A good friend and pro-life OB-GYN physician once told me of a sign posted in the residency offices of a prominent teaching hospital in Washington. It simply read, â€œStamp out Pregnancy.â€
Today the government moved closer to that omen with theÂ Institute of Medicineâ€™s recommendationthat women should be able to receive contraceptives and sterilization procedures free under their personal and employee health care plan.Â â€œThe full range of Food and Drug Administration-approved contraceptive methods, sterilizations procedures, and patient education and counseling for all women with reproductive capacity.â€ (Recommendation 5.5)
This recommendation was presented to the Department of Health and Human Services (HHS) in a list of preventative health care services for women which should be covered without reimbursement in new health plans under the federal health reform law (ObamaCare).Â HHS is expected to announce its final ruling in August of this year.
Preventative services in traditional medicine include: blood pressure and cholesterol screening; counseling on obesity and tobacco cessation; routine immunizations; diabetes, cancer, and sexually transmitted infection screenings; and so on.Â These services emphasize the prevention of serious illness and/or disease.Â Such prevention can provide an early warning for subsequent successful treatment of illness or disease.Â Such services have no side effects.
Contraception does not fall within the category of preventative health services.Â These drugs, devices, and procedures prevent the bringing of children into the world.Â Contraception only prevents disease or serious illness if one considers pregnancy to be a disease or serious illness.Â Pregnancy is not an illness or disease, nor are children the side effect or the unintended by-product of disease.
Further, contraception often fails to prevent pregnancy.Â Both aÂ 2008 study by the Guttmacher Institute, Planned Parenthoodâ€™s research arm, shows that 48% of women with unintended pregnancies and 54% of women seeking abortions were using a form of contraception during the month they became pregnant. During the first 12 months of contraceptive use, 16.4% of teen girls become pregnant.Â If the teen is cohabitating with a male, that rises to 47%.Â Among low-income cohabiting teens, the failure rate for birth control pills is 48.4% and with condoms is rises to 71.7%.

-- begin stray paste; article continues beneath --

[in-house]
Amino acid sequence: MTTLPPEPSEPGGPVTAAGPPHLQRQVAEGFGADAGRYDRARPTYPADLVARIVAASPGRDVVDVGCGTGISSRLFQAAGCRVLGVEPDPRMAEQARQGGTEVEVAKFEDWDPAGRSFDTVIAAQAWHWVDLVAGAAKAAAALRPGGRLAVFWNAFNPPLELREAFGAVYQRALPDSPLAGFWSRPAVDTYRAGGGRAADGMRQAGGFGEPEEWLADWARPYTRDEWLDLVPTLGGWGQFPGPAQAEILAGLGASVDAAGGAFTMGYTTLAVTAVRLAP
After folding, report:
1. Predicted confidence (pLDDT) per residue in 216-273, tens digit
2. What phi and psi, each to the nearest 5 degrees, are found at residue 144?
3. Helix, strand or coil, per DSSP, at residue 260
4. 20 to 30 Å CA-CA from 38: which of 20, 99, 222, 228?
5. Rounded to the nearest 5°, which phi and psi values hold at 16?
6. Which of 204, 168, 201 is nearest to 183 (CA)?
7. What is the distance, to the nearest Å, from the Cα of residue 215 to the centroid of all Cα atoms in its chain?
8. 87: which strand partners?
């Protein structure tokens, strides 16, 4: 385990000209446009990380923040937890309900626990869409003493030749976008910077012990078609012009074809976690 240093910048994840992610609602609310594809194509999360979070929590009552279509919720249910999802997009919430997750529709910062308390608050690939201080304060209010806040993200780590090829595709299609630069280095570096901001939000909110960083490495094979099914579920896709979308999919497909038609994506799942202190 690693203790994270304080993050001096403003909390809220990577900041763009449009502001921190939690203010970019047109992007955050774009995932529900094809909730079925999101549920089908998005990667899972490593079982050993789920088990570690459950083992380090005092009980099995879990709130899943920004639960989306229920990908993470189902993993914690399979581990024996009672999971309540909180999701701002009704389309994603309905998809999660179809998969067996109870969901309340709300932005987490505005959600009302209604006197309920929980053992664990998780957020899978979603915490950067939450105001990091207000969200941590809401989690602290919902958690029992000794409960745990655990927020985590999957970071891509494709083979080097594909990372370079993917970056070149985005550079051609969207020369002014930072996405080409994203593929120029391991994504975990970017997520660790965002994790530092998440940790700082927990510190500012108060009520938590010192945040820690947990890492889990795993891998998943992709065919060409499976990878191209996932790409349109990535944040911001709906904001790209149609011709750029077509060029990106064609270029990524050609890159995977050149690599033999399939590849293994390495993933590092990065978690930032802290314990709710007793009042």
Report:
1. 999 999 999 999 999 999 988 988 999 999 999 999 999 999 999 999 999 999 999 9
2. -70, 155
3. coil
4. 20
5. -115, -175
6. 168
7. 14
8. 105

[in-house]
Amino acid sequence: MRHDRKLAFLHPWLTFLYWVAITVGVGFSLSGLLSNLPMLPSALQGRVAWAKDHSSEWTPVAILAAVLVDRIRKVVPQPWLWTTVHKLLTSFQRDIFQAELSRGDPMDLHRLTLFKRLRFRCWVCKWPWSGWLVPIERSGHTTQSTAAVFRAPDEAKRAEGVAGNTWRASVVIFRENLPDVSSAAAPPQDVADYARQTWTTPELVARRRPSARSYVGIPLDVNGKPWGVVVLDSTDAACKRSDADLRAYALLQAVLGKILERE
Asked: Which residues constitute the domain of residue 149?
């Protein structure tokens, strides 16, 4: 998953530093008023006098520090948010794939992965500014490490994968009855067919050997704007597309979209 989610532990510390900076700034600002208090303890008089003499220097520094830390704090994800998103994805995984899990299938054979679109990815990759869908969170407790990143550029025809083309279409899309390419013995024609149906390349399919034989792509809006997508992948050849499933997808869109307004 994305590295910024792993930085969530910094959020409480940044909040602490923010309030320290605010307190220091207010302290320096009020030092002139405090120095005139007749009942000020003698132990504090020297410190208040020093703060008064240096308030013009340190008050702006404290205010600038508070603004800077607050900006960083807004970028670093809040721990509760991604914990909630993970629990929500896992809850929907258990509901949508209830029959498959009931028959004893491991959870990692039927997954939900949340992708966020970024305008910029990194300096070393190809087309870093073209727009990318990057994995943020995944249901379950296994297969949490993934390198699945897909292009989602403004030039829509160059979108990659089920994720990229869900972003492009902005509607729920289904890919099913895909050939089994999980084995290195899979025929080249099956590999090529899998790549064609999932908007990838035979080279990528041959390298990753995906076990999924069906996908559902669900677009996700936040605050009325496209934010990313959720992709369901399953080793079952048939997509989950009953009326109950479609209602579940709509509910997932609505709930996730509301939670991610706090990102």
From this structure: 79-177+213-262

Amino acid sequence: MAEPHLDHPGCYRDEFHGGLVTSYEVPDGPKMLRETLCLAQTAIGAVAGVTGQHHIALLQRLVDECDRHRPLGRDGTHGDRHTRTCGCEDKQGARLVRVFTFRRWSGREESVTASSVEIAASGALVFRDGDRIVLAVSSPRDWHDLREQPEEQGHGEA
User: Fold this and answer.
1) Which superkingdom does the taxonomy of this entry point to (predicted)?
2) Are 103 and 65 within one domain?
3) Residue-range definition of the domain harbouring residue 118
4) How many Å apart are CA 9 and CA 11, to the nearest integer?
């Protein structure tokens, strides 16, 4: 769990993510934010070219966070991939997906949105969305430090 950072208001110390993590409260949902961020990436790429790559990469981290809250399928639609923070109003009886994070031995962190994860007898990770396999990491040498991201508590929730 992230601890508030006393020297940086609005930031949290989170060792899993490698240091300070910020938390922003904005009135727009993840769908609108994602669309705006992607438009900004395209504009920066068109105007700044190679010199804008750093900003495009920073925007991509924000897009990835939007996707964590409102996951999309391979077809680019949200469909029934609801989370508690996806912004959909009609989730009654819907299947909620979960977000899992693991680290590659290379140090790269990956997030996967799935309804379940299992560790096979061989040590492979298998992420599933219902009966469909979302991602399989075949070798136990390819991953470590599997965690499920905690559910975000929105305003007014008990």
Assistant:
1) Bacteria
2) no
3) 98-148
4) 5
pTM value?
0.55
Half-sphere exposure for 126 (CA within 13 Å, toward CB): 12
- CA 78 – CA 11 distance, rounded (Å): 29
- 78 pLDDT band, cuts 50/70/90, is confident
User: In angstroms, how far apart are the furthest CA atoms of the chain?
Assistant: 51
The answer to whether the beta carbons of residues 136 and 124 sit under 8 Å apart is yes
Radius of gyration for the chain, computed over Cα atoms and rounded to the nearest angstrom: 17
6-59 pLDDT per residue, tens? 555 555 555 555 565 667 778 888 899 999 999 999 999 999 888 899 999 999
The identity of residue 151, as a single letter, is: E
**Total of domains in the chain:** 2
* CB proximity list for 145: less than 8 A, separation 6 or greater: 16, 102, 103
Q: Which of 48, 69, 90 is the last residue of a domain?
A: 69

Contraception is also identified as a means of reducing the number of abortions in the United States.Â A November 2006 report inÂ Obstetrics and Gynecology, one of the most prestigious peer-reviewed publications in the field, reviewed 23 studies, and found that greater access to emergency contraception did not decrease the incidence of unintended pregnancy or abortion rates.Â In simple language, the use of emergency contraception as a means of preventing abortion simply does not work!
I had the opportunity to testify in November 2010 at the public comment period during the first hearing offered by the Institute of Medicine, which was established in 1970 by the National Academy of Sciences.Â I was representing Tepeyac Family Center, the largest pro-life OB-GYN practice of its kind in the United States.Â Â The panel and speakers during the invited segment of the hearing included many individuals who had ties with Planned Parenthood.Â As a matter of fact, nowhere on the panel were there any representatives of the Catholic Church â€“ which has 557 hospitals and served over 83 million patients in 2008.Â The selective omission of any Catholic representatives from the panel was a clear sign by the Institute of Medicine that their opinion was not welcomed.
The insertion of contraception and sterilization methods into the list of preventative services for women is clearly an initiative which is designed to bring contraception, sterilization, and abortion into the mainstream of American medicine.Â Contraceptive failures create pregnancies.Â Unwanted pregnancies lead to abortions.Â Sterilization permanently destroys a healthy functioning part of the body.Â This is the bread-and-butter of the pro-abortion movement â€“ to promote sex using birth control, and then have abortion readily available as the backstop for contraceptive failure.
Even thoughÂ poll after pollÂ showsÂ that this is not what the majority of American people want, this is what the Obama administration is providing to every American courtesy of President Obamaâ€™s health care reform law.Â The slippery slope of making contraceptive birth control, sterilization procedures, and subsequently abortion, available on demand is now closer to reality.